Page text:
The failure to elect a president continues to divide members of the Mobile City Council. This time it’s happening in a court of law.

Councilman Fred Richardson now joins L.A. Body Art owner Chassity Ebbole as a plaintiff in a suit against the city and the six other councilors claiming the failure to elect a leader has hurt taxpayers and kept the council from conducting proper business. A hearing on the suit is slated for Friday, Aug. 10, at 9 a.m. in Circuit Judge Robert Smith’s courtroom.

The suit seeks to force the City Council to continue with historical precedent and elect a president with a simple majority. Richardson initially received four votes to Councilwoman Gina Gregory’s three during an organizational meeting late last year. The council has been without a president since the beginning of the latest four-year term.

Richardson supported himself for president, while Councilwoman Bess Rich, Council Vice President Levon Manzie and Councilman C.J. Small also voted for him. Gregory voted for herself, while Councilman Joel Daves and Councilman John Williams supported her.

At issue is the Zoghby Act, the law that created Mobile’s current form of government. The act requires a five-vote majority to elect a council president, according to Mary Zoghby, one of the law’s co-authors. Wanda Cochran, council attorney, agreed.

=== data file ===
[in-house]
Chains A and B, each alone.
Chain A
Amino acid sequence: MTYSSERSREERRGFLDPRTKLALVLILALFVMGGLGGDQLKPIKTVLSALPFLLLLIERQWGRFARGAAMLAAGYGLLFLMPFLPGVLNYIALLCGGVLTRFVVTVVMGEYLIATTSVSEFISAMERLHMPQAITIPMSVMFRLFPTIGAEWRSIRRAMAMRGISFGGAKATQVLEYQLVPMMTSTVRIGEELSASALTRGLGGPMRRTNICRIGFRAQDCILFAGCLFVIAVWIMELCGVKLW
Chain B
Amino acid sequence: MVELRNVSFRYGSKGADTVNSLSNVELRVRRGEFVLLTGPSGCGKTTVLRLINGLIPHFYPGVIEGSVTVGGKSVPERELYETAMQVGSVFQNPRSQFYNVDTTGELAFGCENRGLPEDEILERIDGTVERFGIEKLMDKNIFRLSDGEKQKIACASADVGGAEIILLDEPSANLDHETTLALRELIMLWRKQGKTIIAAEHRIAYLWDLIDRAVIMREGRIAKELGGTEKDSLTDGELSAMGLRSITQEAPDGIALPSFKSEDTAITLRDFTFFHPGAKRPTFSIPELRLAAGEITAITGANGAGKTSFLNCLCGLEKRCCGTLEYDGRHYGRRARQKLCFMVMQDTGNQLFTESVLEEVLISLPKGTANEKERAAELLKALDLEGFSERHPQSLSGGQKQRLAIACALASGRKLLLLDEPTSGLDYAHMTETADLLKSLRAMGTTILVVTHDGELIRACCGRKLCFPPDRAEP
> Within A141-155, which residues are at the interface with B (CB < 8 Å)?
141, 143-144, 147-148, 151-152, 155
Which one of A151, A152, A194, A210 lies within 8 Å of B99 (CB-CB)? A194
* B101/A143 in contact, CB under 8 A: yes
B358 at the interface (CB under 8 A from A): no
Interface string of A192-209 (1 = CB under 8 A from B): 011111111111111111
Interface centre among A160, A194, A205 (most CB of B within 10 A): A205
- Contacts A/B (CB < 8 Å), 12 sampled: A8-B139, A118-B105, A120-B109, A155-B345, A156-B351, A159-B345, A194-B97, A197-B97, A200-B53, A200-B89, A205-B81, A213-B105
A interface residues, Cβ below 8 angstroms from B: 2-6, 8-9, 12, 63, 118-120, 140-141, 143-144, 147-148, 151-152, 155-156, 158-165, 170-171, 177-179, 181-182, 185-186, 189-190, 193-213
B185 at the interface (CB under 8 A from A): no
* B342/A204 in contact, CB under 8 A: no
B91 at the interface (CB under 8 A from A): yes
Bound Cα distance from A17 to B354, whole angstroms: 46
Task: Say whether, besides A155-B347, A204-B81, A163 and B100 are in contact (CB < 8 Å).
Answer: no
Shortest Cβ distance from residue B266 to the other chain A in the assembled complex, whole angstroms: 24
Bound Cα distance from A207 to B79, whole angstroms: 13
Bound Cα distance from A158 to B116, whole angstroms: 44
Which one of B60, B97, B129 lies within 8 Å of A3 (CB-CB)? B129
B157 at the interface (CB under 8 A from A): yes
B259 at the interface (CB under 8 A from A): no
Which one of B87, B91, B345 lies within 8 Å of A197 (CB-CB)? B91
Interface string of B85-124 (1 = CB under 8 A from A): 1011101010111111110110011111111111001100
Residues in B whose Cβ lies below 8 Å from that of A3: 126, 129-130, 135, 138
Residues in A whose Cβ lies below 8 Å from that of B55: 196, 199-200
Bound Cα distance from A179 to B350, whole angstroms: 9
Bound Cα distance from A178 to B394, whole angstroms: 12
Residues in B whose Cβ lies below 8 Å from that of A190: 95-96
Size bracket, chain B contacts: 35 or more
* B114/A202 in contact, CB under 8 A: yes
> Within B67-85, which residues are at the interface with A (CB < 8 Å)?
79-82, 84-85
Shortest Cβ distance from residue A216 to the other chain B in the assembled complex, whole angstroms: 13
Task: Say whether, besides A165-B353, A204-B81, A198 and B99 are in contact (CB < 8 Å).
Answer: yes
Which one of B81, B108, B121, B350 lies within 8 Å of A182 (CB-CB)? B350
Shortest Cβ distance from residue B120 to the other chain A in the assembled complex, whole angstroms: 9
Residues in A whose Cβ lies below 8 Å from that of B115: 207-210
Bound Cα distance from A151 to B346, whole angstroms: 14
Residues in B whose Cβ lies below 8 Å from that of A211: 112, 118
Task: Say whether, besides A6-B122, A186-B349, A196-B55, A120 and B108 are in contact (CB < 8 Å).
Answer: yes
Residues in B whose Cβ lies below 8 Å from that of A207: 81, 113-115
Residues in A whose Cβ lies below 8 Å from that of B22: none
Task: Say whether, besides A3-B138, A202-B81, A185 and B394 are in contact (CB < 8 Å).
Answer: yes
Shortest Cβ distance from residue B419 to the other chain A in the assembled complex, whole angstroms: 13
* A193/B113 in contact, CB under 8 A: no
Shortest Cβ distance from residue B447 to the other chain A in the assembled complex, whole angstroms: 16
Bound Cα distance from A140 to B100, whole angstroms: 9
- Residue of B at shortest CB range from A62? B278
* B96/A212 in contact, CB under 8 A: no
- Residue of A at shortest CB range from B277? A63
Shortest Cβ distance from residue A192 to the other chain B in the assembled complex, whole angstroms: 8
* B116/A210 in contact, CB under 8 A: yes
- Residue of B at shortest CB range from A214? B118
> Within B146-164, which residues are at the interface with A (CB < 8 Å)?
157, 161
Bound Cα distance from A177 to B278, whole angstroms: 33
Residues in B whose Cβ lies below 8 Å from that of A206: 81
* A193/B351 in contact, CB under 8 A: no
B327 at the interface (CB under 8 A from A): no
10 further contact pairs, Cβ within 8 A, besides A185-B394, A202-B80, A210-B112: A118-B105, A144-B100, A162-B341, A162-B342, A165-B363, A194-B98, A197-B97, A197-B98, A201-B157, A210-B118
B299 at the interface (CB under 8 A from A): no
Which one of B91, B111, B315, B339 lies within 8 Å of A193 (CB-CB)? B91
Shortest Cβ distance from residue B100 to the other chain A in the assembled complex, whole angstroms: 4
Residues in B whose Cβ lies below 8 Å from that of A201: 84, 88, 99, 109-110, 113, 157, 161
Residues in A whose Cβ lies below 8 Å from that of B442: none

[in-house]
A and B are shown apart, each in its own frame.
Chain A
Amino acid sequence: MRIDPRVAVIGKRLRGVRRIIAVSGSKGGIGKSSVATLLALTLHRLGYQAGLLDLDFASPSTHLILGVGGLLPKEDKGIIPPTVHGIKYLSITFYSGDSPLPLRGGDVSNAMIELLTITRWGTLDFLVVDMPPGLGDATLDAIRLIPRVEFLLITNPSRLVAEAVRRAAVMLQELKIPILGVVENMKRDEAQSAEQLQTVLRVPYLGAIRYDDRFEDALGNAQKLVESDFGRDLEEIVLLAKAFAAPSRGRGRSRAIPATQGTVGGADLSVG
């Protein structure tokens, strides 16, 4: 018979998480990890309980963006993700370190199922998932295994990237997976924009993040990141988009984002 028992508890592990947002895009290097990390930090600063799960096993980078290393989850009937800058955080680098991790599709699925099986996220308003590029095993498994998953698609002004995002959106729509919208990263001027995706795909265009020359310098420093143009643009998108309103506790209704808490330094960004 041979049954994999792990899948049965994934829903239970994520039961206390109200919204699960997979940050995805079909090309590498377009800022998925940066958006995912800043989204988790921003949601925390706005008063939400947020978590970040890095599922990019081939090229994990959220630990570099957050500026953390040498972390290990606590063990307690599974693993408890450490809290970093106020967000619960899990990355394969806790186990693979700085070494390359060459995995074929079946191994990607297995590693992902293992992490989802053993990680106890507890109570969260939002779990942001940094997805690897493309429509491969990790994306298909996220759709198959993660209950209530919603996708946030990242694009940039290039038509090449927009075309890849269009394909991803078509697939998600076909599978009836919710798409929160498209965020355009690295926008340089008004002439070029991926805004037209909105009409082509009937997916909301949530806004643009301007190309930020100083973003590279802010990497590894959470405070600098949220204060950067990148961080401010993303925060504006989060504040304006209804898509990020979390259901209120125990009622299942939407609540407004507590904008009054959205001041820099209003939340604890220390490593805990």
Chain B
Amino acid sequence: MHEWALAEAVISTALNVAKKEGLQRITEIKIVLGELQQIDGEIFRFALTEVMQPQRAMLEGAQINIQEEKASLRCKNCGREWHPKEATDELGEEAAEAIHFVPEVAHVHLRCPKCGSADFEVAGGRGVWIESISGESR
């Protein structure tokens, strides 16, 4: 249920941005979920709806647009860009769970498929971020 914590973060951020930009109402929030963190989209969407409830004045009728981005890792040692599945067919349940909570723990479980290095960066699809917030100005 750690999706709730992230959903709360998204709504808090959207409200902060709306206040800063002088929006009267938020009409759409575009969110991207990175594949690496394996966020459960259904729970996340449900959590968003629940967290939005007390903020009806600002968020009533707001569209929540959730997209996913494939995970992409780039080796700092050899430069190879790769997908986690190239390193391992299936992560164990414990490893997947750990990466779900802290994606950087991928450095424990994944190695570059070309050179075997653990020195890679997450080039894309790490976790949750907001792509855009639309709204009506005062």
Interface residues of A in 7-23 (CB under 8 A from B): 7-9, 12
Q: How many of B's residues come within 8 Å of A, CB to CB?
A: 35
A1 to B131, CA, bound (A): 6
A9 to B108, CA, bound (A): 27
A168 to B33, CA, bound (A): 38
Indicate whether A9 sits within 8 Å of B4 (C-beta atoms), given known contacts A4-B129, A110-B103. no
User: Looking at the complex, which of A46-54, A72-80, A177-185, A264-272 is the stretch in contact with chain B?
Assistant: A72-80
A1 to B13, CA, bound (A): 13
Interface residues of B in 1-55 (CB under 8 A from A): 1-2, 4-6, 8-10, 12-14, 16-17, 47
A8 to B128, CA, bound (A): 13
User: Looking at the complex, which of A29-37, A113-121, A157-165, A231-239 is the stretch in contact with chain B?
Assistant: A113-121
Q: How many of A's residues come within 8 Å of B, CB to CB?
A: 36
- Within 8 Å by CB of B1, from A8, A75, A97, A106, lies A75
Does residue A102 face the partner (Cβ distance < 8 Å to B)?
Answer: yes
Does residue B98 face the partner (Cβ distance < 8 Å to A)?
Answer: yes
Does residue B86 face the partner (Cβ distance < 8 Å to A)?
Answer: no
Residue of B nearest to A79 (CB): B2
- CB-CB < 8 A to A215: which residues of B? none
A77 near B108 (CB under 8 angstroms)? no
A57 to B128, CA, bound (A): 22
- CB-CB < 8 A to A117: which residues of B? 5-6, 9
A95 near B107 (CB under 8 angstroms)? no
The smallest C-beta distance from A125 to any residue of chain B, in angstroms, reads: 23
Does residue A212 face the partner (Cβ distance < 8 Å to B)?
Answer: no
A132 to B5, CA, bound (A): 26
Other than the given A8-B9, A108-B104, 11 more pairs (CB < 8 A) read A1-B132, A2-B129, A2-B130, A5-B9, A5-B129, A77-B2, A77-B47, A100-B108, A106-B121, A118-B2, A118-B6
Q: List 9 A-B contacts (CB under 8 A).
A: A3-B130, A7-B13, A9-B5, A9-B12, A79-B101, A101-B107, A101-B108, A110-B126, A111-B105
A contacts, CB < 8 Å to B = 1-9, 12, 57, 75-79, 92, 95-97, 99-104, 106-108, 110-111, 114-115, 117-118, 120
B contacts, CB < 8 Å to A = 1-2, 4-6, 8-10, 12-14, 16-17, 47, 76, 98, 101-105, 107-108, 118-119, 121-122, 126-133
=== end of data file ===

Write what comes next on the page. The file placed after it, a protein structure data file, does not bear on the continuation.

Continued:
Supporters of Richardson, including Ebbole, argue that previous council presidents were elected by a simple majority and that the rules were changed once Richardson received that many votes. Previous presidents were elected by a straw poll in closed-door meetings. The legality of those previous meetings has been questioned by an attorney for the Alabama Press Association.

The addition of Richardson as a plaintiff is in response to the defendants’ motion to dismiss the case. It gives the court proper jurisdiction, plaintiffs argue in court records.

“Plaintiff Ebbole would further assert that the joinder of Frederick D. Richardson, a member of the defendant council, as a plaintiff gives this court subject matter jurisdiction,” court records state.

Cochran had argued previously that the case should be dismissed because Ebbole’s lawsuit does not rise to the level of injury needed to establish proper standing, Cochran argues.

“Ms. Ebbole alleges only that she is a ‘resident and concerned citizen of Mobile’ who has been deprived of ‘effective governance,’” records state. “To have standing, a plaintiff must allege a real, tangible legal interest in the subject matter of the lawsuit and must also have suffered an injury in fact to a legally protected right.”

Smith will hear arguments on those motions and others on Friday at 9 a.m., according to court records.